1759) Meeting the Great Physician (part two of two)

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From “A Critical Care Surgeon Meets the Great Physician,” by Kathryn Butler, February 17, 2017 in Christianity Today magazine, posted athttp://www.christianitytoday.com  Butler is a trauma and critical care surgeon.  Her book on end-of-life medical care through a Christian lens is anticipated in 2019 (Crossway).  She writes at Oceans Rise.

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     (…continued)   Some time later, I transitioned to work in the ICU.  Among my patients was Ron (not his real name), a middle-aged man who suffered cardiac arrest after a hip replacement.  He had severe brain injury from lack of oxygen during the arrest, and depended upon a mechanical ventilator to breathe.  In a vegetative state, Ron would open his eyes, but showed no awareness of his surroundings.  Neurologists predicted he would never recover.

     Ron’s wife and daughters hovered at his bedside daily and prayed for a miracle.  They could not accept that the boisterous, football-loving, pizza-dough-tossing, belly-laughing man they cherished would never acknowledge them again.

     One morning, the ICU suddenly resounded with off-key renditions of cheesy 1980s tunes.  I found Ron’s wife at his bedside, singing as she cradled his hand beneath her chin.  She beamed when I approached her.

     “I was praying and praying last night, and when I woke up, I knew everything would be fine,” she declared.  “God told me he’s going to be just fine.”  I admired her conviction and her hope, especially as I had neither.  Yet her husband’s clinical data promised that everything would not be fine.

     For the next week, every day, she clung to him and crooned songs they both loved.  She prayed aloud.  She shouted blessings to everyone in the unit.  My colleagues and I struggled to conceal our worry.  We would shake our heads and cast each other glances that said, “This is heartbreaking.”

     One afternoon, she and her daughters shouted for me. I shuffled into the room, dreading the conversation.  “He moved his toe when we asked,” Ron’s wife said.

     I leaned within inches of Ron’s ear, and called his name.  I urged him to move.  Nothing.  “I’m so sorry.  It was probably just a reflex,” I said.

     “No,” his wife insisted.  “Watch.”  She put a hand on his shoulder, and shouted into his ear for him to wiggle his right big toe.  He did.

     The next day, he turned his head toward them.  Then, he blinked to command.  In two weeks, he was awake.  In three, he sat in a chair.

     At best, our neurologists had anticipated he might occasionally track moving objects.  No one expected that his condition would so dramatically resolve.  Medical science could not explain his recovery.

     I suspected I had witnessed a miracle.  Yet I still wrestled with God.  How could he bestow such blessings, yet allow suffering?

     Scottie encouraged me to read the Bible.  I started with the Gospels, then continued with Romans.  The words felt familiar, but with my newly opened heart, the reading unveiled Christ’s love in brushstrokes I had never fathomed.  The agony he suffered for our sake left me breathless.  He, too, had endured heartache and had confronted the face of evil.  And he bore such affliction—our affliction—for us.  Romans 5:1–8 revealed the awesome magnitude of God’s love for us.  He knows suffering.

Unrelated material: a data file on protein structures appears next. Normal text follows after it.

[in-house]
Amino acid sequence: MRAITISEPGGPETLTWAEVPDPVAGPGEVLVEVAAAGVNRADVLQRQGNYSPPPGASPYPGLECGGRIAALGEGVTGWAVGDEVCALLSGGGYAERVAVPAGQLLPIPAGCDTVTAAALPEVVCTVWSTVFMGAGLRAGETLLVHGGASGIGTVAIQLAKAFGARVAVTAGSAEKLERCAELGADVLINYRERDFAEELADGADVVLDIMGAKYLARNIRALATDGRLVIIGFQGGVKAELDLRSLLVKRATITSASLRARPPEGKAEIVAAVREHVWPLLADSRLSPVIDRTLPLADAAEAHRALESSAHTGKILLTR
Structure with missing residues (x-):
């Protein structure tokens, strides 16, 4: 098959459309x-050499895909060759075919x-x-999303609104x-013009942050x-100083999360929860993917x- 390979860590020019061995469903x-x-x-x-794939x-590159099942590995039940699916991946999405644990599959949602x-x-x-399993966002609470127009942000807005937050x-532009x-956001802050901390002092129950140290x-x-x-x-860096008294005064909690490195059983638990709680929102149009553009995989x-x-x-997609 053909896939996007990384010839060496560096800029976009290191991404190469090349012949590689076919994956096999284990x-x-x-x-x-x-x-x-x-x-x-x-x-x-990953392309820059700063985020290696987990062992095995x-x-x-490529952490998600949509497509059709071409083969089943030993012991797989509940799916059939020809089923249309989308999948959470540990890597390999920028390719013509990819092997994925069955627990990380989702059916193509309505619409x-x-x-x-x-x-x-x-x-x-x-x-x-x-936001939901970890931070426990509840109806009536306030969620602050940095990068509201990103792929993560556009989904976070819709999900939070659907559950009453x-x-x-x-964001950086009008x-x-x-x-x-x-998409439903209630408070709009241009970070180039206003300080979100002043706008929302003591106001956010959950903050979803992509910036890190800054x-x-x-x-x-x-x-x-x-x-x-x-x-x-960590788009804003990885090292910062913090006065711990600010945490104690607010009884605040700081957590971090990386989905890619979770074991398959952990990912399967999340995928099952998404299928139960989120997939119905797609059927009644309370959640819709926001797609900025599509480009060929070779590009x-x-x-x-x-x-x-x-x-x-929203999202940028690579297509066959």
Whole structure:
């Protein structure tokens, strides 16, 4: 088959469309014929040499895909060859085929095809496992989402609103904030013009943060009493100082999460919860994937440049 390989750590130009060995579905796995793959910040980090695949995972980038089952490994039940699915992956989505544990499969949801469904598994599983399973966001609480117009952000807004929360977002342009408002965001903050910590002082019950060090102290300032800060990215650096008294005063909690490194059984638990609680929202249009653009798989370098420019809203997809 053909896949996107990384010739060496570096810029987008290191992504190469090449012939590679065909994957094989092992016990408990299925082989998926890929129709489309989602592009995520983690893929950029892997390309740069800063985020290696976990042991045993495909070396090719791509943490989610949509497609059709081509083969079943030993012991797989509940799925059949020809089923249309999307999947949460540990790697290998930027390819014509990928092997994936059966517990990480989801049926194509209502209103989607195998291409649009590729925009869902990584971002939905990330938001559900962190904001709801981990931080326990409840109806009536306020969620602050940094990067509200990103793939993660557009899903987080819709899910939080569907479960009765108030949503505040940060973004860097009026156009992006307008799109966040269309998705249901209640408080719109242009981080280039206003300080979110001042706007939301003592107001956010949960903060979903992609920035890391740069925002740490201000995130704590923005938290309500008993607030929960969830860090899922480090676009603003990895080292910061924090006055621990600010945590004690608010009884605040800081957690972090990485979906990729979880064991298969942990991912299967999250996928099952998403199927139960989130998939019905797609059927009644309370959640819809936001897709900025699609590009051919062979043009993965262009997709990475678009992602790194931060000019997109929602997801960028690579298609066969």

The Lord took my despair and fashioned a canvas for his perfect work.  Just as Christ raised Lazarus so that others might believe, so he redeems suffering—the gunshot wounds, the mourning, the lost jobs, the despondency beside bridge railings—for his glory.  In his mercy, he descends to buoy us up, and to complete miracles we cannot yet comprehend.  He pours blessings upon us every day—the jewel tones in autumn, but also the hard nights, and every breath in between.

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Matthew 14:14  —  When Jesus landed and saw a large crowd, he had compassion on them and healed their sick.

Luke 4:40  —   At sunset, the people brought to Jesus all who had various kinds of sickness, and laying his hands on each one, he healed them.

Romans 5:1-8  —  Therefore, since we have been justified through faith, we have peace with God through our Lord Jesus Christ, through whom we have gained access by faith into this grace in which we now stand.  And we boast in the hope of the glory of God.  Not only so, but we also glory in our sufferings, because we know that suffering produces perseverance; perseverance, character; and character, hope.  And hope does not put us to shame, because God’s love has been poured out into our hearts through the Holy Spirit, who has been given to us.  You see, at just the right time, when we were still powerless, Christ died for the ungodly.  Very rarely will anyone die for a righteous person, though for a good person someone might possibly dare to die.  But God demonstrates his own love for us in this:  While we were still sinners, Christ died for us.

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Help me, O Lord, to make a true use of all disappointments and calamities in this life, in such a way that they may unite my heart more closely with you.  Cause them to separate my affections from worldly things and inspire my soul with more vigor in the pursuit of true happiness.  Amen.

–Susanna Wesley (1669-1742), mother of John and Charles Wesley and 17 other children